Project Management

Stop Starting and Start Finishing!

Jay Martin

The amount of work we take on is just as important as the projects that we select. Taking on too many projects at the same time often results in cascading and systemic project failures and leads to a multitude of organizational and stakeholder dysfunctions. This article discusses some of the pitfalls of taking on too much work and offers a simple, yet elegant, solution.

Have you ever felt like a frog in a blender—racing in circles at blurring speeds, struggling to swim against the current of stakeholder and management expectations threatening to slice you up at the slightest hint of delay—all while managing unrealistic schedules, the lack of resources, and trying your hardest to deliver value, only to realize that you keep going in circles and nothing gets done? If so, you might be a project manager (or product owner for us agile people).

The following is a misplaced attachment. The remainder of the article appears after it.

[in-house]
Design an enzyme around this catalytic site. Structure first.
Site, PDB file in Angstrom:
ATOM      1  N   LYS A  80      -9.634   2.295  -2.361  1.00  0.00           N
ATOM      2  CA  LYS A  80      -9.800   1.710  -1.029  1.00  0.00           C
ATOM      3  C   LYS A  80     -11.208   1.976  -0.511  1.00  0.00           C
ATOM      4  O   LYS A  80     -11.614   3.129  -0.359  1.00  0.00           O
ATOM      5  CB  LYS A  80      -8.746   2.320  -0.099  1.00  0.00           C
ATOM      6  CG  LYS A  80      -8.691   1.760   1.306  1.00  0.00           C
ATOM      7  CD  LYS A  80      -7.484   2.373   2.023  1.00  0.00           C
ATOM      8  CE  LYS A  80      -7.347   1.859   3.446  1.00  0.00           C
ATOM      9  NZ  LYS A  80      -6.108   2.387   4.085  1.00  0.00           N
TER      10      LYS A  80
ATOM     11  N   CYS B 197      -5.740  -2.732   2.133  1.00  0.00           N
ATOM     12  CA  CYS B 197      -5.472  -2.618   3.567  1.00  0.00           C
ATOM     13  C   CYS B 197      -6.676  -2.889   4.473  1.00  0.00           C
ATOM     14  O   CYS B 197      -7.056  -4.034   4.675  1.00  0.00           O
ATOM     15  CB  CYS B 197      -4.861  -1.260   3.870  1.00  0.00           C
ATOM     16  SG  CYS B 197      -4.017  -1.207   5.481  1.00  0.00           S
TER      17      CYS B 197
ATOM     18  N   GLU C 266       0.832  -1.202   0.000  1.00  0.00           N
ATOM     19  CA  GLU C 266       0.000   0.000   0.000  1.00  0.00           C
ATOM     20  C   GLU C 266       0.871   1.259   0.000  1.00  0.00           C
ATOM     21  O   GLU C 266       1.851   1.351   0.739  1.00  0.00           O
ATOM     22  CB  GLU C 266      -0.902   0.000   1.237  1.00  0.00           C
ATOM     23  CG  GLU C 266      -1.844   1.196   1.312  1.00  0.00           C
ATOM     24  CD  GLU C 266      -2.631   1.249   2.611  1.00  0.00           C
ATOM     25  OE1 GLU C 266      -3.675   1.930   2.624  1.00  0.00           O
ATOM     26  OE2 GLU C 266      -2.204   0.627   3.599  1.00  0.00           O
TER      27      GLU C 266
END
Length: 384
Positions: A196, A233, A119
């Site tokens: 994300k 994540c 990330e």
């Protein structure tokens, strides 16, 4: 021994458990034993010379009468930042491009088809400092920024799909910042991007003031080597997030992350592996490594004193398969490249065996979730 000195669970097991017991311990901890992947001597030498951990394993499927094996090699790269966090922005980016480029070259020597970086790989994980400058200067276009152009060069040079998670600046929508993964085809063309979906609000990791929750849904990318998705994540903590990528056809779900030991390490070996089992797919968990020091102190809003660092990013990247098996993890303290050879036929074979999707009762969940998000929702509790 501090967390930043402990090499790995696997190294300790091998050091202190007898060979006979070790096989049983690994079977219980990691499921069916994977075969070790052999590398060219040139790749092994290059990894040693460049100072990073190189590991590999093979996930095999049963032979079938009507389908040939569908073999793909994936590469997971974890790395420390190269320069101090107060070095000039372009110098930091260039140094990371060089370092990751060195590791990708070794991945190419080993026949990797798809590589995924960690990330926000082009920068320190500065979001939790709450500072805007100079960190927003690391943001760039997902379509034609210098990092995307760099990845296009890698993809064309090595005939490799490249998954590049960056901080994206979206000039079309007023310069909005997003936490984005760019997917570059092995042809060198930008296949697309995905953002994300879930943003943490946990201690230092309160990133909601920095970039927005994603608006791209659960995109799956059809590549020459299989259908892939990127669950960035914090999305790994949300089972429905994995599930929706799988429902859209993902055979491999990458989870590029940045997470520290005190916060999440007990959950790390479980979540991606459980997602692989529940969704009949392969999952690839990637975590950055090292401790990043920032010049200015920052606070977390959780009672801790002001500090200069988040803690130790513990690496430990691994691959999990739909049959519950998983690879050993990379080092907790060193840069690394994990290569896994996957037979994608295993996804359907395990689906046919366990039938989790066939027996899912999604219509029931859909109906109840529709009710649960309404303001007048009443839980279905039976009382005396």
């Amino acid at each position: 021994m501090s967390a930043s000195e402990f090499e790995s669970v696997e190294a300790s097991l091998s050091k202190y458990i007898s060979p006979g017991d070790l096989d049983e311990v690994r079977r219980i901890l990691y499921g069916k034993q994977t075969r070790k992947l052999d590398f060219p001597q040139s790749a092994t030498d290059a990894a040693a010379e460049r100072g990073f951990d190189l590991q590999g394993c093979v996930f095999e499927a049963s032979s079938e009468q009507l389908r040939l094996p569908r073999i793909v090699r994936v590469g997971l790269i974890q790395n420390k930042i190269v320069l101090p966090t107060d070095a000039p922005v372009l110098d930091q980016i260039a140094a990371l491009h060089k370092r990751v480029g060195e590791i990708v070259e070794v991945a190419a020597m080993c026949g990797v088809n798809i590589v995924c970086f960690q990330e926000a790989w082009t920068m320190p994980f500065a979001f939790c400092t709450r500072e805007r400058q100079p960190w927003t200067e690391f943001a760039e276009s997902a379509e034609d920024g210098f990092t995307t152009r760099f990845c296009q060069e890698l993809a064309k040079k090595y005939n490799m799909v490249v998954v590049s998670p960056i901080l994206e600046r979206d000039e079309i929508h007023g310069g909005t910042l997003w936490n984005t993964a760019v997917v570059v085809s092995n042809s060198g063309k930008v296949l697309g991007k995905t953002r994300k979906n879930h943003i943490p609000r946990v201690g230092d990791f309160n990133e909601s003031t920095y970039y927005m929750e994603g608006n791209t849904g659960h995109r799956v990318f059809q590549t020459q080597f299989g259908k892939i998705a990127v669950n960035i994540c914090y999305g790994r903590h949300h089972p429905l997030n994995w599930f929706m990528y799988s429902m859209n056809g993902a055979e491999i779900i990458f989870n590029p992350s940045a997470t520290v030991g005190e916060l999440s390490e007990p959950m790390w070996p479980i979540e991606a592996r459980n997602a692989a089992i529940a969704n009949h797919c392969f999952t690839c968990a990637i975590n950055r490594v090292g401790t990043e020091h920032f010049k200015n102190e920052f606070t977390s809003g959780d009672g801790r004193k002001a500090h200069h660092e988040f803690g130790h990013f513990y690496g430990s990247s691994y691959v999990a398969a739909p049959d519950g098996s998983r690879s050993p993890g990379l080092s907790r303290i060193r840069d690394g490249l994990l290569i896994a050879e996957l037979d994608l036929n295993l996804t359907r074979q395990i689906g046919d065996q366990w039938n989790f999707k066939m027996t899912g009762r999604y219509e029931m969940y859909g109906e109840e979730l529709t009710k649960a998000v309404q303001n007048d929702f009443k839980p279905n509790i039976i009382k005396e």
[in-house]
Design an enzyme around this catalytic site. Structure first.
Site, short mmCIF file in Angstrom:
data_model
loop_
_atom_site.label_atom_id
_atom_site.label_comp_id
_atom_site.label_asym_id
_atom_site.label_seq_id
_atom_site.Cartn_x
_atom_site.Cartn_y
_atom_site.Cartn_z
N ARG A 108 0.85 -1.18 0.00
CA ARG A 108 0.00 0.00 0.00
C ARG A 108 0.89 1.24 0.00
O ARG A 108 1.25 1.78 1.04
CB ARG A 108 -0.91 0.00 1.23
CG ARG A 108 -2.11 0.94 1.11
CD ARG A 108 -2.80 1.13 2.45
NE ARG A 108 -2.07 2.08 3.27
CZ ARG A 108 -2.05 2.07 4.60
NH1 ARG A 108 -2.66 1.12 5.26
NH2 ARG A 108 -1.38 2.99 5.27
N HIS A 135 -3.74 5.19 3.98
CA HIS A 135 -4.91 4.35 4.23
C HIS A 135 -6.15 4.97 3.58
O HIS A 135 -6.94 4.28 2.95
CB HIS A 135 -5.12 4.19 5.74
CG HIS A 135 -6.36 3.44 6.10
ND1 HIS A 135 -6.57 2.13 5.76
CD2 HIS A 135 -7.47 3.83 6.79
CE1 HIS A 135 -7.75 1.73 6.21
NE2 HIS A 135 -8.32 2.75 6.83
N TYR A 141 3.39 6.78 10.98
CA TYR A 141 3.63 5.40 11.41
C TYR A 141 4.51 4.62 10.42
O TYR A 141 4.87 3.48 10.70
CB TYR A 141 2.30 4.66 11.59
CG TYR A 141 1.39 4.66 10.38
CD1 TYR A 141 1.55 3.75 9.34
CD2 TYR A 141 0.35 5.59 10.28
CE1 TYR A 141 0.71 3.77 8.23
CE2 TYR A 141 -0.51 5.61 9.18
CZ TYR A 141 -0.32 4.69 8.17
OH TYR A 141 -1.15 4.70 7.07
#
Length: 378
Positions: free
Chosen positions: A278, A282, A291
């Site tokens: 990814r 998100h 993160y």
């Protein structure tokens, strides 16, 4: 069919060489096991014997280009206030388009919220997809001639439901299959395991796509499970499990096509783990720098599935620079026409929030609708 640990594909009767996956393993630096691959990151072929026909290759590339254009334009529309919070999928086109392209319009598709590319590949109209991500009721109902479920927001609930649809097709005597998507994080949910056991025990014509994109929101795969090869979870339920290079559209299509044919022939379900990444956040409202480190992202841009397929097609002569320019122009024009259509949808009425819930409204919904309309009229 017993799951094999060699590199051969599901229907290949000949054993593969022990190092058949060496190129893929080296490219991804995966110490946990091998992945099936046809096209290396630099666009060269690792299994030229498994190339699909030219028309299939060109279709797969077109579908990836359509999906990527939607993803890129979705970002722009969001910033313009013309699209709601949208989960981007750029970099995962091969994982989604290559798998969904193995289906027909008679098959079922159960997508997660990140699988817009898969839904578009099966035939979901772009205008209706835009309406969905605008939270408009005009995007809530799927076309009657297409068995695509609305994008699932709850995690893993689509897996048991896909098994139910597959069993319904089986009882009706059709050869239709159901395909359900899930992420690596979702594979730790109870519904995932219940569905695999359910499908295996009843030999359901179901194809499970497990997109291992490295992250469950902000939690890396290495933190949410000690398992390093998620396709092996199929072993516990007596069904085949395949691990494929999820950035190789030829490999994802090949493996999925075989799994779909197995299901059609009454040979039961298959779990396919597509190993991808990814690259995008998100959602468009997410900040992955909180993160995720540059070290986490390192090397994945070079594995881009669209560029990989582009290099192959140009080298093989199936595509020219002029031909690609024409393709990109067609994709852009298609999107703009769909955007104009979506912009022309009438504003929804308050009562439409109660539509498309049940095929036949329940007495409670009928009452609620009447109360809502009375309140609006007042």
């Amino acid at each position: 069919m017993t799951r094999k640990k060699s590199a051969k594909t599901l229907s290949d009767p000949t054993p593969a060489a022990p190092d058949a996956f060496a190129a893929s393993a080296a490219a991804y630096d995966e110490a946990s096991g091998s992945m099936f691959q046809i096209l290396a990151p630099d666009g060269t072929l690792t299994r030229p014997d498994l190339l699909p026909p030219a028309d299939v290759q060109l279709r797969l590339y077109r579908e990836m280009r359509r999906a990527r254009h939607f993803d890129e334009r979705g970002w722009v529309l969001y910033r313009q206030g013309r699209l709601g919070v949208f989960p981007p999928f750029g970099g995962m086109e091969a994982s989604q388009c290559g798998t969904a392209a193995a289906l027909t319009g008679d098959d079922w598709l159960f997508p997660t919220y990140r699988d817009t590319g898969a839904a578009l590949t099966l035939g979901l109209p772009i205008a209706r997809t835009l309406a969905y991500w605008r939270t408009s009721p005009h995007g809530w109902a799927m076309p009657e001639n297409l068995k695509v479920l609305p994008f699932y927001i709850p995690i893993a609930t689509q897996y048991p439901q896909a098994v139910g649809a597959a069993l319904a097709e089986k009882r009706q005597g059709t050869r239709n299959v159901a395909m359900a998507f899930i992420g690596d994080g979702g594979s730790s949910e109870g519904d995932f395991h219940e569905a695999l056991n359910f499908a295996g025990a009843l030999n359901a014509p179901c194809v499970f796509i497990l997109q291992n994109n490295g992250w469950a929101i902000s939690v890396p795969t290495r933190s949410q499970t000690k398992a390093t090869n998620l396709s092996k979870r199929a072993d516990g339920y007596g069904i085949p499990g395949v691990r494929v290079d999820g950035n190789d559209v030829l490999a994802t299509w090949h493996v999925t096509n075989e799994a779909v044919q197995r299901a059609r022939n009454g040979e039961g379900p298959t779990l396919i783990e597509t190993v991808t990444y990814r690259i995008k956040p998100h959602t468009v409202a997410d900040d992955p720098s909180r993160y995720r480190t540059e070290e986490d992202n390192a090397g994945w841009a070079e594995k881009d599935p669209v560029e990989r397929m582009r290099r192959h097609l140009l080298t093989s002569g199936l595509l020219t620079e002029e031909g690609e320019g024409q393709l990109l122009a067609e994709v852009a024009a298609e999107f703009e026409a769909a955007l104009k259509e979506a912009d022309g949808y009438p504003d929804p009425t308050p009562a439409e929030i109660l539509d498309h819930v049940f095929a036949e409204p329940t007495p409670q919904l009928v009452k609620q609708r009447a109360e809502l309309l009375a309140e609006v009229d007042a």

I reached a point where I felt like this way too often and decided to seek advice. I received a lot of common sense suggestions about things I already knew. Then someone suggested I “stop starting and start finishing.” Um, gee, thanks. What a complete and utter waste of my time. Thanks for nothing! But as time passed and I thought more about it, I realized he was right.

What’s the Issue?
Projects succeed or fail for many reasons. It’s amazing how much effort must go into a …

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